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Teenage Mutant Ninja Turtles: Mutant Mayhem Director Jeff Rowe on Leaning into the “Teenage” Part of the Turtles

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A scene from Teenage Mutant Ninja Turtles: Mutant Mayhem / Paramount

2023 has been a pretty bang-up year for animation so far, with Spider-Man: Across the Spider-Verse being a huge global hit, Pixar Animation‘s Elemental changing how one views that venerable studio’s films, as well as Nimona from Netflix. Plus, we still have Hayao Miyazaki‘s final film, The Boy and the Heron, coming out later this year.

Along comes an unexpected entry into the year’s line-up of innovative animation with Paramount PicturesTeenage Mutant Ninja Turtles: Mutant Mayhem. It’s produced and co-written by Seth Rogen and Evan Goldberg and directed by Jeff Rowe, who directed The Mitchells vs. the Machines at Sony Animation, although it ended up being sold to Netflix due to the pandemic and getting nominated for an Oscar for Animated Feature in the process.

Rowe has put a couple of twists on the Turtles, the first one being to cast younger actors, mostly unknowns, to voice the Turtles, casting Nicolas Cantu as the voice of Leonardo, Brady Noon as Raphael, Micah Abbey as Donatello, and Shamon Brown, Jr as Michelangelo. They’re surrounded by much bigger names as the mutant villains, including Ice Cube, John Cena, Rose Byrne, Maya Rudolph, Rose Byrne, and Rogen himself, with Jackie Chan voicing the Turtles’ mentor figure, Splinter.

Considering the popularity of Mitchells, it may come as less of a surprise that Mutant Mayhem is also the very first TMNT movie to get positive reviews, despite the long-standing popularity of the characters created by Kevin Eastman and Peter Laird back in 1984.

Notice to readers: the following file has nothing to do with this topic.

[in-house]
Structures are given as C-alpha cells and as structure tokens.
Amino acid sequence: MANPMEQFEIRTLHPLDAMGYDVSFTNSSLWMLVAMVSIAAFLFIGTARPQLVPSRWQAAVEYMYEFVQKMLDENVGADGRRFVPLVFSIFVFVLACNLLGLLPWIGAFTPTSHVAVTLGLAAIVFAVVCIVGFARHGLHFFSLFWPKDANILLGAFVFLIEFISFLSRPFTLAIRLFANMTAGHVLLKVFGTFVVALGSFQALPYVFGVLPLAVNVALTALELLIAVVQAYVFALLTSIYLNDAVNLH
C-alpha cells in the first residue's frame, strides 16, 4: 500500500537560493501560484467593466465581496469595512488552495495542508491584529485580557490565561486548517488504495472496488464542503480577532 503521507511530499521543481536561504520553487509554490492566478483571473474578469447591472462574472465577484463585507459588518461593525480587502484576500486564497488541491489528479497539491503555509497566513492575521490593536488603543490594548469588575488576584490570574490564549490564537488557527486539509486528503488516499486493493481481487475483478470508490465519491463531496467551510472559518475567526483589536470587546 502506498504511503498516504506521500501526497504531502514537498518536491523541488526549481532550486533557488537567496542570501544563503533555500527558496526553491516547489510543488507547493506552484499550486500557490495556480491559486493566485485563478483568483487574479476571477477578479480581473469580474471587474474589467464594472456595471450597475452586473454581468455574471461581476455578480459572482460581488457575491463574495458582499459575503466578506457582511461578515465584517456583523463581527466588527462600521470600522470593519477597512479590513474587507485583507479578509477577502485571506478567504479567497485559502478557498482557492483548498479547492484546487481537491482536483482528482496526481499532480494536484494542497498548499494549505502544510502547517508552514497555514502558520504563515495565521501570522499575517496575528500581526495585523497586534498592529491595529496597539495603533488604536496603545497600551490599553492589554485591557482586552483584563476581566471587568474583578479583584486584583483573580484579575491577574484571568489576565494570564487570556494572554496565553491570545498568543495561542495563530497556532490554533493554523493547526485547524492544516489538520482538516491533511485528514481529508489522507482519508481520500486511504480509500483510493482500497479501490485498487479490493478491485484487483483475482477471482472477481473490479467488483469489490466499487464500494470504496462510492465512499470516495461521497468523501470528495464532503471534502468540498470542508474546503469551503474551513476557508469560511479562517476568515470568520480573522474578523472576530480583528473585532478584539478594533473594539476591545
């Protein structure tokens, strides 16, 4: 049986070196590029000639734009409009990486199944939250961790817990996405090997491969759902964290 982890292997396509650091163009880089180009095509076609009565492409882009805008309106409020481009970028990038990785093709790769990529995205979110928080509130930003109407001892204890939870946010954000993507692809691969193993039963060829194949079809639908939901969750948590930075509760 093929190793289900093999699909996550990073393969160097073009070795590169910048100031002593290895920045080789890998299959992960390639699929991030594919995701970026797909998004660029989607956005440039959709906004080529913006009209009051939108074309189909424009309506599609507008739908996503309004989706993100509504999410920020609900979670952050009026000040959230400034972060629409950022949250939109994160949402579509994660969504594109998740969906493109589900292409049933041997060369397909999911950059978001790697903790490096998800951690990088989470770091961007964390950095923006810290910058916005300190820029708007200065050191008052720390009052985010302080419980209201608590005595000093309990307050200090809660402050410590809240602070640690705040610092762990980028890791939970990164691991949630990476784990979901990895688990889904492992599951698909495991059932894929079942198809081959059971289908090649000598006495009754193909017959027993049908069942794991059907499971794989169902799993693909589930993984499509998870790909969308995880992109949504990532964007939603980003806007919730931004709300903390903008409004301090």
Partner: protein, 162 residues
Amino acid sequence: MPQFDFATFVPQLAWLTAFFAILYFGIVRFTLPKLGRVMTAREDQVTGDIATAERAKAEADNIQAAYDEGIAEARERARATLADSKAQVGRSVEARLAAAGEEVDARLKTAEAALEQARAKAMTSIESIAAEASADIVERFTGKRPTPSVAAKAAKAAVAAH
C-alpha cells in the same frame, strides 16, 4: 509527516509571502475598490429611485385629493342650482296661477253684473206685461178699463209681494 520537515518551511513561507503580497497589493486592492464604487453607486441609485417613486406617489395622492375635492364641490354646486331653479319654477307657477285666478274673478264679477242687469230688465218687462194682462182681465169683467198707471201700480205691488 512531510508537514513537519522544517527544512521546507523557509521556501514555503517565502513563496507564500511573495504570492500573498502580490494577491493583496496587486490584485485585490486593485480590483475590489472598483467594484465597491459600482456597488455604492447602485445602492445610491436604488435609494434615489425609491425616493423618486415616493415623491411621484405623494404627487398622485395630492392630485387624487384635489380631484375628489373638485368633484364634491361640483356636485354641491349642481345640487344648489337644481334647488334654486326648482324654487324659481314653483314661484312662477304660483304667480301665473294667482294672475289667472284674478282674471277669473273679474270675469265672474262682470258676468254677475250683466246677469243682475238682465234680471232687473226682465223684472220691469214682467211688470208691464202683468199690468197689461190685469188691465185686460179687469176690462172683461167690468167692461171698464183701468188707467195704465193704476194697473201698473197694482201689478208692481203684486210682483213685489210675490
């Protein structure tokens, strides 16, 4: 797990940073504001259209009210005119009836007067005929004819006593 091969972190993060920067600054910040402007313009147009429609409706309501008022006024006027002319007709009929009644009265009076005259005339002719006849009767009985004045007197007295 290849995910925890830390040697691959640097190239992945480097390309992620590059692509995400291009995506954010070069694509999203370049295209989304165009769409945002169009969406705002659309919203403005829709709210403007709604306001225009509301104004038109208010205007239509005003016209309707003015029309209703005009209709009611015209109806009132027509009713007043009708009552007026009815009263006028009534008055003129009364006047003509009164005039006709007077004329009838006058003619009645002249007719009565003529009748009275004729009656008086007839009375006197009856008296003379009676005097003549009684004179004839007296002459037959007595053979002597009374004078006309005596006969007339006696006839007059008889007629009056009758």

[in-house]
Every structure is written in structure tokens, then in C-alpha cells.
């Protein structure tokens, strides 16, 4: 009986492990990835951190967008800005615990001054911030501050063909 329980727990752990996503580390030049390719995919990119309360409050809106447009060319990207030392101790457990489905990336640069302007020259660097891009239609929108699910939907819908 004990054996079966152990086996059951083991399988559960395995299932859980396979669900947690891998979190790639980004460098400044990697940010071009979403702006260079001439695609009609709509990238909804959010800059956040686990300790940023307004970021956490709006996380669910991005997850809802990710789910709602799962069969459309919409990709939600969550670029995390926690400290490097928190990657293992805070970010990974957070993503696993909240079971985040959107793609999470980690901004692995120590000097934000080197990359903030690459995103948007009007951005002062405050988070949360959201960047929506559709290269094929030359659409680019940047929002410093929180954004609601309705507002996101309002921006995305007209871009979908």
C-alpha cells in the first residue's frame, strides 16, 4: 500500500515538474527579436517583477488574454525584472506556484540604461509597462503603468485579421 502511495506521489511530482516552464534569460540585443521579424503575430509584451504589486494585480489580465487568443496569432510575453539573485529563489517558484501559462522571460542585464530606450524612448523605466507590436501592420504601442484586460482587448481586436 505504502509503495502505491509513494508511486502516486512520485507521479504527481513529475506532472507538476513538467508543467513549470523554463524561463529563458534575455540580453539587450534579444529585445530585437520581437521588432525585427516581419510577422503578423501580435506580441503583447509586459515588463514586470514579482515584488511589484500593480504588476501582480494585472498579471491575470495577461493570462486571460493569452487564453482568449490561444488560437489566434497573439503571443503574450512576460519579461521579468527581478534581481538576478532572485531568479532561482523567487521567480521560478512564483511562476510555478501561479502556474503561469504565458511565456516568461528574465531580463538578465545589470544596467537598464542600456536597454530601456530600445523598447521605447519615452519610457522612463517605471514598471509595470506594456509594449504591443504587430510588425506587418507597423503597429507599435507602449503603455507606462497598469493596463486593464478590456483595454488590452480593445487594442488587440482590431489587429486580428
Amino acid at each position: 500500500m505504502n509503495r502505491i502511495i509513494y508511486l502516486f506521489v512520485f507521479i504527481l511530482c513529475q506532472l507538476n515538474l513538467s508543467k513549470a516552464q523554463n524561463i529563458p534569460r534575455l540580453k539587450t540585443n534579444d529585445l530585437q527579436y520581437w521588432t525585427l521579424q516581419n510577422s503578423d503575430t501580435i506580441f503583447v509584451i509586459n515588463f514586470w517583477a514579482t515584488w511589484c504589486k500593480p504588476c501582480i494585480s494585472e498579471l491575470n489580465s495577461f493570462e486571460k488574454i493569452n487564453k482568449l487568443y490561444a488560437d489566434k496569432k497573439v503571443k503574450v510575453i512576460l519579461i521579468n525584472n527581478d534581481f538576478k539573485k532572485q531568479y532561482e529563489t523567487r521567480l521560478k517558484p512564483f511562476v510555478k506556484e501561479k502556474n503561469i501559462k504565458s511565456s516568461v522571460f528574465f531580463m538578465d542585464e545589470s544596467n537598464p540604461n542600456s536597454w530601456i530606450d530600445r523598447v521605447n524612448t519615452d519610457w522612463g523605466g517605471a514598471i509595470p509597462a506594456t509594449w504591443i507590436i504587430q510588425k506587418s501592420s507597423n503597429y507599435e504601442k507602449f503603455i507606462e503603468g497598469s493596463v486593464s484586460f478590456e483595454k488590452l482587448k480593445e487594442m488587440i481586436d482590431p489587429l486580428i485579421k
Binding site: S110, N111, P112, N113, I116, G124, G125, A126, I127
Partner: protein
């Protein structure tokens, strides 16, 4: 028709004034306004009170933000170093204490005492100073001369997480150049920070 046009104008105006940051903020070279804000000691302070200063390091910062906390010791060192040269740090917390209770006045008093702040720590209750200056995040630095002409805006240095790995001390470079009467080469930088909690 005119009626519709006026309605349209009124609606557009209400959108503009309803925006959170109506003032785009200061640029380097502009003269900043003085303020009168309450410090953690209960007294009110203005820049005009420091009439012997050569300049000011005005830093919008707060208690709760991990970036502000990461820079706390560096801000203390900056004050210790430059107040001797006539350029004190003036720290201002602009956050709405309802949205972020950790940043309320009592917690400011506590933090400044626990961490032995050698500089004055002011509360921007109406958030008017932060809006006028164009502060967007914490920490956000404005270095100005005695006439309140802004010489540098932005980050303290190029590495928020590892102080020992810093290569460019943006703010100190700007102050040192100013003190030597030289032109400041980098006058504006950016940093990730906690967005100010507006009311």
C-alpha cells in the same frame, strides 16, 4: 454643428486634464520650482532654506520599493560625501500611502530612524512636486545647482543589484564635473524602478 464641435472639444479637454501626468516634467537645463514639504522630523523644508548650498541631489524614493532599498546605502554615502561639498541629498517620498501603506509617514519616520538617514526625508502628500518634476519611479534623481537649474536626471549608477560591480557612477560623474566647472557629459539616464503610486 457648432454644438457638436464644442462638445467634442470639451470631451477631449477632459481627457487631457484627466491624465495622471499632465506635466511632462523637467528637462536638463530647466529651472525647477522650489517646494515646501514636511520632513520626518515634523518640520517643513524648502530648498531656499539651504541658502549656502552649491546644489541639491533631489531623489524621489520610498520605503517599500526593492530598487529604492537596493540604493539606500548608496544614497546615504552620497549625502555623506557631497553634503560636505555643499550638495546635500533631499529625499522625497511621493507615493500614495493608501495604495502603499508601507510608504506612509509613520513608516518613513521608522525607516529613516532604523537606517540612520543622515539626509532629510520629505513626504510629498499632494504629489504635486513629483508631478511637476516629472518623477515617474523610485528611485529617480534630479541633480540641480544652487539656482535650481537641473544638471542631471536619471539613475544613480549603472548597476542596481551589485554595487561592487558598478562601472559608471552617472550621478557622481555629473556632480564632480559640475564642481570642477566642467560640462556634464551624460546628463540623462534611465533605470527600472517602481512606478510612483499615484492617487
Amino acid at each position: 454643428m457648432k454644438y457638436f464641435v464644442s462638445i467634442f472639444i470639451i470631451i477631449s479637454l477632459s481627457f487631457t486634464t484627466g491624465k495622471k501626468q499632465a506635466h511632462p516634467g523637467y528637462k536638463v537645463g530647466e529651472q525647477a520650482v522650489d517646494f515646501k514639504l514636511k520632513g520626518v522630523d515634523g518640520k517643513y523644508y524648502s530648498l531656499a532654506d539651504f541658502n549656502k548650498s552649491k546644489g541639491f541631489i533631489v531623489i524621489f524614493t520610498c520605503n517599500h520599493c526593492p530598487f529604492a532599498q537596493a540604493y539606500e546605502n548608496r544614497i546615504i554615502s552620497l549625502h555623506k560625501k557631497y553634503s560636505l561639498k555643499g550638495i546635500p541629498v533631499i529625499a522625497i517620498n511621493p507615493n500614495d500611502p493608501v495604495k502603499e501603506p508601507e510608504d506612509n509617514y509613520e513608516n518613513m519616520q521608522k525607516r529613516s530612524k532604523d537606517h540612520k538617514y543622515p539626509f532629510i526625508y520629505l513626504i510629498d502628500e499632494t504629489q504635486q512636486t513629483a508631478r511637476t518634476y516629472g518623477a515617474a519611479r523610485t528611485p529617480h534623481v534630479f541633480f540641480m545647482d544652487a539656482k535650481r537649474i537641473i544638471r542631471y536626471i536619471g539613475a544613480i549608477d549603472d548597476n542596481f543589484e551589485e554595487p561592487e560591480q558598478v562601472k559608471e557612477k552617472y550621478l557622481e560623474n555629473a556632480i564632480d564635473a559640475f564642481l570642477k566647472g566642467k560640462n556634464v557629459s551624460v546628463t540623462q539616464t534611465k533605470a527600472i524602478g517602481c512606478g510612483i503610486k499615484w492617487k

Below the Line spoke with Rowe over Zoom as he visited Paramount Pictures‘ offices in New York City last week.

Jeff Rowe (photo by Elisabeth Caren)

Below the Line: When were you pitching or approached to do Teenage Mutant Ninja Turtles? Had Mitchells already been sold to Netflix?

Jeff Rowe: I actually wasn’t fully finished with that. I was trying to get ahead of it. Deals take so long in Hollywood, and it takes so much time to plan things, that when I got an agent, I was like, “Let’s find my next project” In that initial phone call, he was like, “Do you like the Ninja Turtles?” I was like, “Yes, I love them.” “Do you like Seth and Evan movies?” “Yes, of course.” He’s like, “They’re doing a Ninja Turtle movie, they need someone like now. And you probably won’t get it…” I was like, “Well, let’s talk about that.”

I started doing meetings way earlier than I expected. Thankfully, because we had moved to work from home at that time, I was able to just hop on a zoom for 15 min, and do these interviews, and not have to drive back and forth across town to meet people in person. I just went through this series of video game boss battles with increasingly more important people, until finally met with Seth and Evan, and had a conversation with them. I think we really clicked over the vision for the film and making it authentic and naturalistic, and making the Turtles feel like realistic teenagers. And then I started doing pre-production on this, as I was winding down post on Mitchells.

BTL: You seem fairly young, so probably the right age to see the original movies in the ’90s. I’m not sure what your background was with the Turtles.